Computer models forecast substantial El Nino event

The first wave of January 2010 El Nino storms (Image: USNRL)

Australia's Bureau of Meteorology predicted that at the end of this year a strong El Nino effect can bring extreme weather around the world. Computer models based on satellite and meteorological observation data made this prediction.

An El Nino comes along about every two to seven years as part of a natural cycle. It is a warming of the Pacific Ocean as part of a complex cycle linking atmosphere and ocean.

To predict an El Nino scientist designed complex computer models that are fed with satellite and meteorological observation data as well as information about the temperature, currents and winds in the tropical Pacific Ocean. Once El Nino has started, models can predict how it might develop over the next six to nine months, with a reasonable level of accuracy.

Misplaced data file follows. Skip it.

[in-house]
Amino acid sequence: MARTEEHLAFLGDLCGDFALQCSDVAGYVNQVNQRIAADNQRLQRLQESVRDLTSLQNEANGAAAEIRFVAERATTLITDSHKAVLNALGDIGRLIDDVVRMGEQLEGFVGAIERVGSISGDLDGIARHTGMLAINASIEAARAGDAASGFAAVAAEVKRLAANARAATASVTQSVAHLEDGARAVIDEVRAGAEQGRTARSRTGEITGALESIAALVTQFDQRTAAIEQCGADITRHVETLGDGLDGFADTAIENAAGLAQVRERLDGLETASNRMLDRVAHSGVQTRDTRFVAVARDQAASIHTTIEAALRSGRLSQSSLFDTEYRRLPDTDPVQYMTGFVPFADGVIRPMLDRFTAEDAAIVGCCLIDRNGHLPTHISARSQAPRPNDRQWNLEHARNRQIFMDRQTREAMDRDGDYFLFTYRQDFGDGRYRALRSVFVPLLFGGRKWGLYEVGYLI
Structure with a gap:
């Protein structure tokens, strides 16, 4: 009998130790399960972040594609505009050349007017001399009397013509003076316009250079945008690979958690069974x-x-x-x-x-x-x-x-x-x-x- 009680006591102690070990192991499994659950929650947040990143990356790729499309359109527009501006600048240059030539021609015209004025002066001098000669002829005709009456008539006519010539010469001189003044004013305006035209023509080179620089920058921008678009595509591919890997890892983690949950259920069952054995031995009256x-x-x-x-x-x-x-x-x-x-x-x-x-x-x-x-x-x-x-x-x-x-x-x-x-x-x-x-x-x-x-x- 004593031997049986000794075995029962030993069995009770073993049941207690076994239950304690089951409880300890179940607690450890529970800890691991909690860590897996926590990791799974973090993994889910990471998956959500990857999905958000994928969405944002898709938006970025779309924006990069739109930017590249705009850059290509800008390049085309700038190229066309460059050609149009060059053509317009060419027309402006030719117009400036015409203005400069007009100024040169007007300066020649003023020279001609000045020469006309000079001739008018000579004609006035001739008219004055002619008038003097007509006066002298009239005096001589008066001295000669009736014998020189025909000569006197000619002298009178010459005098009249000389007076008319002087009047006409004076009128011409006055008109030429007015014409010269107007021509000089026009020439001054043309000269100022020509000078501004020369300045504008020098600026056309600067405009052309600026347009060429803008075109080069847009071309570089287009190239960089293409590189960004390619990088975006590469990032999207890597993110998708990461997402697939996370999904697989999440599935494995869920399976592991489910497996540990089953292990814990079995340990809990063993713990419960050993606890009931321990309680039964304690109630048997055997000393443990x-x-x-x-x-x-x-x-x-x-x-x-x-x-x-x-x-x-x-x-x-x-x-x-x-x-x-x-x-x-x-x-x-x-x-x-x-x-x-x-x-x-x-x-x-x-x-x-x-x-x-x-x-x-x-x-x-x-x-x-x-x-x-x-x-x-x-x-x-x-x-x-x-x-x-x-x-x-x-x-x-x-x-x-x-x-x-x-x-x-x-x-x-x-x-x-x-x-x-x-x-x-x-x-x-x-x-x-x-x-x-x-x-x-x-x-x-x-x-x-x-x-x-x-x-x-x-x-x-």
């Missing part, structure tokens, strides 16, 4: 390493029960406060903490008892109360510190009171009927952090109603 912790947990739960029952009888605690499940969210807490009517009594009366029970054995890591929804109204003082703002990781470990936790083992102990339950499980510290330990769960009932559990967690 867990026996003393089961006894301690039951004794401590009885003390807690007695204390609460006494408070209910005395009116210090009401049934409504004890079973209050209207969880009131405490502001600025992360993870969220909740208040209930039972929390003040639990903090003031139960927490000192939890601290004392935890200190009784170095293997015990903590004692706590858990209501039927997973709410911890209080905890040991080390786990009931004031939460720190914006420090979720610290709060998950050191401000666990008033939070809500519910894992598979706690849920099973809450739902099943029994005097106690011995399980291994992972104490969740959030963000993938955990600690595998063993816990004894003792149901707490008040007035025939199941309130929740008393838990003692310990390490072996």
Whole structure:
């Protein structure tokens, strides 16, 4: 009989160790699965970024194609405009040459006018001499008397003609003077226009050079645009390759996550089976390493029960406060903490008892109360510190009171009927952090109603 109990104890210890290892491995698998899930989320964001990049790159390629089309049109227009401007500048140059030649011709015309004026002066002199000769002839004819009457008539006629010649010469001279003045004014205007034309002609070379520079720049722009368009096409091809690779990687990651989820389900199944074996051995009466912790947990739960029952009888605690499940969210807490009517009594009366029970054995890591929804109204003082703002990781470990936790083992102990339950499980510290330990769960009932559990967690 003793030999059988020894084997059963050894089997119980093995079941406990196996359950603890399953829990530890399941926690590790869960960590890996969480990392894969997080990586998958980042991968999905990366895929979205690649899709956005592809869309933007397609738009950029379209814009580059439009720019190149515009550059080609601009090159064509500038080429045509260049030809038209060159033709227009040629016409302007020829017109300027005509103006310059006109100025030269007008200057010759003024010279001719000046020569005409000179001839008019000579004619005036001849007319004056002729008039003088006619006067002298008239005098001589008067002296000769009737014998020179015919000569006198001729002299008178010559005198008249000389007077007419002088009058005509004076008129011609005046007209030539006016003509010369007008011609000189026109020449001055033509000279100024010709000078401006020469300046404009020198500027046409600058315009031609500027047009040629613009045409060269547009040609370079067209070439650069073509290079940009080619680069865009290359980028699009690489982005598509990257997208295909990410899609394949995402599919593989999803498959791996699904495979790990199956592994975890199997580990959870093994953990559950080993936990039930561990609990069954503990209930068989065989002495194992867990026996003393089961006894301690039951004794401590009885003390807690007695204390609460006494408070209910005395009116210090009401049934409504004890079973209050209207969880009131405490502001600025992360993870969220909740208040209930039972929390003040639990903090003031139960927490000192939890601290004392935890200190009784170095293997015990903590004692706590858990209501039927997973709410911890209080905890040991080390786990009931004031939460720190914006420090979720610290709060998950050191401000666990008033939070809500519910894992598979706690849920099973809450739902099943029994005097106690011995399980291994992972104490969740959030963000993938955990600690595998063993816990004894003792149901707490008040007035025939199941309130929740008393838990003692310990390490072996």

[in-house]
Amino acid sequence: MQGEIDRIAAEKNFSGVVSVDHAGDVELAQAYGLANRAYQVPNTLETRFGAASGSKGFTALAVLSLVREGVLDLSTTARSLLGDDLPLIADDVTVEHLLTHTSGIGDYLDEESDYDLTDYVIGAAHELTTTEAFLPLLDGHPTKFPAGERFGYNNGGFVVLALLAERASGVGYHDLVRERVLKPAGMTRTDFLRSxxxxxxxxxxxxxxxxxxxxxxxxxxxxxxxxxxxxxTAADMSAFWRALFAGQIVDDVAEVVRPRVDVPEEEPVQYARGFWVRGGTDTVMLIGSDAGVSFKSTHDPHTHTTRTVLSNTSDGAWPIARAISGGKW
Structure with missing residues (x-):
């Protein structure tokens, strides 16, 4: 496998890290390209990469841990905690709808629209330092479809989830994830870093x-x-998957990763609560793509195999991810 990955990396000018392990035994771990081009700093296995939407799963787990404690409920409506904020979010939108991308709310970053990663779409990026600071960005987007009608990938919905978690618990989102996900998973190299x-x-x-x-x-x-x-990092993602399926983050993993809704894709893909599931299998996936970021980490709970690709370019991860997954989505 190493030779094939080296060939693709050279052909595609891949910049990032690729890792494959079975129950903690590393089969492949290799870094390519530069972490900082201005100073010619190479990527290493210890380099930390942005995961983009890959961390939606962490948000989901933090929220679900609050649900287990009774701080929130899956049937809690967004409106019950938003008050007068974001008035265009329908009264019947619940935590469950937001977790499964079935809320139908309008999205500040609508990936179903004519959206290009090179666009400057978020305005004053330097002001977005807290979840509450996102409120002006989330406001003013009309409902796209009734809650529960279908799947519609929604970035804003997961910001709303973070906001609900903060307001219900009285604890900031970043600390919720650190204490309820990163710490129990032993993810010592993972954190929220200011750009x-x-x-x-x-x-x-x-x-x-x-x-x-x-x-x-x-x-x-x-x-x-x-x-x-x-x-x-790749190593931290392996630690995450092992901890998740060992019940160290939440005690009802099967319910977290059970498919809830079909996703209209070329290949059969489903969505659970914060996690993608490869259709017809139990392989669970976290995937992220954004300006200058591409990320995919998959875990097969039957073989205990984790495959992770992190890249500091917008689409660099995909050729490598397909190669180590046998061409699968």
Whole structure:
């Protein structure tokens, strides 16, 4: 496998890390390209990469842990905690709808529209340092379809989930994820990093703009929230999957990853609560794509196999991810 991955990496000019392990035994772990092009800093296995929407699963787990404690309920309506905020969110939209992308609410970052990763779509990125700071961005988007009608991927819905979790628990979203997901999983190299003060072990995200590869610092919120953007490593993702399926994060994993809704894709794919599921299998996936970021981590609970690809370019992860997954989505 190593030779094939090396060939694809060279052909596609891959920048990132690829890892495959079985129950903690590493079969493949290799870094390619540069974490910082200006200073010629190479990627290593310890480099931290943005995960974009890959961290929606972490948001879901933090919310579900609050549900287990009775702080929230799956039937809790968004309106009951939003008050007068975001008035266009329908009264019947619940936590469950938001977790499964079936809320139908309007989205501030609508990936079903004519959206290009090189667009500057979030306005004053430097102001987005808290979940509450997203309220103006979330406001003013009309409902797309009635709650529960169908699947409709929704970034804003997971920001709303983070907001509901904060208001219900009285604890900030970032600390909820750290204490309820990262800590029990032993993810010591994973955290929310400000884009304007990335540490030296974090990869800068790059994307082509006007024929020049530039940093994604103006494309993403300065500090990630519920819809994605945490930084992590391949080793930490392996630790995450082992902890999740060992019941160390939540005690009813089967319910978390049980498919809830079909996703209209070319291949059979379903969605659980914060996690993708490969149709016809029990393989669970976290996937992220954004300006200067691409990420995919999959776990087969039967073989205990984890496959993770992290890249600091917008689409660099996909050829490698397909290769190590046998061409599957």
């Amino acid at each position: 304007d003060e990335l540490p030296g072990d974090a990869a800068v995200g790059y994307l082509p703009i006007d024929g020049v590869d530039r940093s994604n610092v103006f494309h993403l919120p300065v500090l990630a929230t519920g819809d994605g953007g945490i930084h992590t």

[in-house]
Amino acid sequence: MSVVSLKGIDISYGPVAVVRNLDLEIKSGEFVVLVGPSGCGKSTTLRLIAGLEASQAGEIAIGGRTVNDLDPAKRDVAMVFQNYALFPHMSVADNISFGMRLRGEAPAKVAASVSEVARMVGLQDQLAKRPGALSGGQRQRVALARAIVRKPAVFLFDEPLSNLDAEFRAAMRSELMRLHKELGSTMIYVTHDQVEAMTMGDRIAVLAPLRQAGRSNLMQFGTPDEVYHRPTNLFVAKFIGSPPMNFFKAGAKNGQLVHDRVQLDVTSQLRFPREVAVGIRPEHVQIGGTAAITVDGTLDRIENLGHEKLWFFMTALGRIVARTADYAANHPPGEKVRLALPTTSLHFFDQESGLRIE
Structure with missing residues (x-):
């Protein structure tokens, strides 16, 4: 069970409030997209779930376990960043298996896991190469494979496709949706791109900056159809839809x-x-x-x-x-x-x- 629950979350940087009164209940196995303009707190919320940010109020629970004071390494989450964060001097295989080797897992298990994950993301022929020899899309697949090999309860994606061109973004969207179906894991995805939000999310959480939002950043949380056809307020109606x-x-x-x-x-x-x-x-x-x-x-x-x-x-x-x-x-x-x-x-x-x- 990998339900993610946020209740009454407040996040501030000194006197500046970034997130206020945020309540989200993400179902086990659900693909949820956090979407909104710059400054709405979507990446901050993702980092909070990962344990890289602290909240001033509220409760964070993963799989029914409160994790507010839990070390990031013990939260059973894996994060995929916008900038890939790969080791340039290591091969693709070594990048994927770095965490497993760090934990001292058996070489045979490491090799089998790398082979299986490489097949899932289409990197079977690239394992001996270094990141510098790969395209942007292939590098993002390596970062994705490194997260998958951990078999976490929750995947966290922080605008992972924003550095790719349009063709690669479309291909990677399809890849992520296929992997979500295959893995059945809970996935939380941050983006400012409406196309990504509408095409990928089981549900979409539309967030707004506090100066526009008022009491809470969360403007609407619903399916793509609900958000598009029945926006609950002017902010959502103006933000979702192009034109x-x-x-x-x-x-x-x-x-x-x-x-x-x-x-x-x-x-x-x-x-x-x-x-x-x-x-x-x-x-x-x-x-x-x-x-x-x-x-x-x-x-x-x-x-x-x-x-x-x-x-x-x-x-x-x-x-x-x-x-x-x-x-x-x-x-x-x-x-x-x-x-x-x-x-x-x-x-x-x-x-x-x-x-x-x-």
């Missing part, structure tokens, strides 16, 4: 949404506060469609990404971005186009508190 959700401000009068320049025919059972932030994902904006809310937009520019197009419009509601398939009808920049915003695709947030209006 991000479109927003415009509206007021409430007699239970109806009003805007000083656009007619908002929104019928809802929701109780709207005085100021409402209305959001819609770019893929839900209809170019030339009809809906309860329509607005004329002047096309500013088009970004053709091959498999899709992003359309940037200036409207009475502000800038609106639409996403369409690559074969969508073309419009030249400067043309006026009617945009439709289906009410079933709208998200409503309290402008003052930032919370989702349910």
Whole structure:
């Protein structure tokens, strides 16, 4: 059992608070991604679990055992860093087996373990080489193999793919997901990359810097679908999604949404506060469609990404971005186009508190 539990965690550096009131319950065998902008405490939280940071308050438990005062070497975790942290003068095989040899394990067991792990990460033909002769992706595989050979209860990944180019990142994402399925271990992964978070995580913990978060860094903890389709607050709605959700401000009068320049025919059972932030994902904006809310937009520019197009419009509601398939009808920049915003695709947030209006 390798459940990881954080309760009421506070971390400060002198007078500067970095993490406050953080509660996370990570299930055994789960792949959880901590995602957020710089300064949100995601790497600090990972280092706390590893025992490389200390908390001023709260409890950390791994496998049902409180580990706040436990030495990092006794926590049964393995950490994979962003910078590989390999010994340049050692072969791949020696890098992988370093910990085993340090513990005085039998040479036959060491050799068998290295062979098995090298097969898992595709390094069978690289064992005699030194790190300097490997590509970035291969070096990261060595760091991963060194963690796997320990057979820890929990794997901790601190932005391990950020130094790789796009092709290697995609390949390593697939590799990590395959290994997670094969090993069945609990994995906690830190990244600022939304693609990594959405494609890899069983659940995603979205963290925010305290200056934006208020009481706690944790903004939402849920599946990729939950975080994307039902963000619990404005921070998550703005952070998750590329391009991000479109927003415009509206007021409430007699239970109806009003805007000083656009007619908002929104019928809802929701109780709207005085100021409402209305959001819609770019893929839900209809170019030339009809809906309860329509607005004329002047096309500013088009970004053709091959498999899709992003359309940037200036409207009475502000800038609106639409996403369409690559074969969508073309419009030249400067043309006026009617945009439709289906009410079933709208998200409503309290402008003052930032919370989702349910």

According to BBC News El Nino is still in its early stages. In the summer it would become clear how strong it is going to be: "This is a proper El Nino effect, it's not a weak one," David Jones, manager of climate monitoring and prediction at the Bureau of Meteorology said. "You know, there's always a little bit of doubt when it comes to intensity forecasts, but across the models as a whole we'd suggest that this will be quite a substantial El Nino event."

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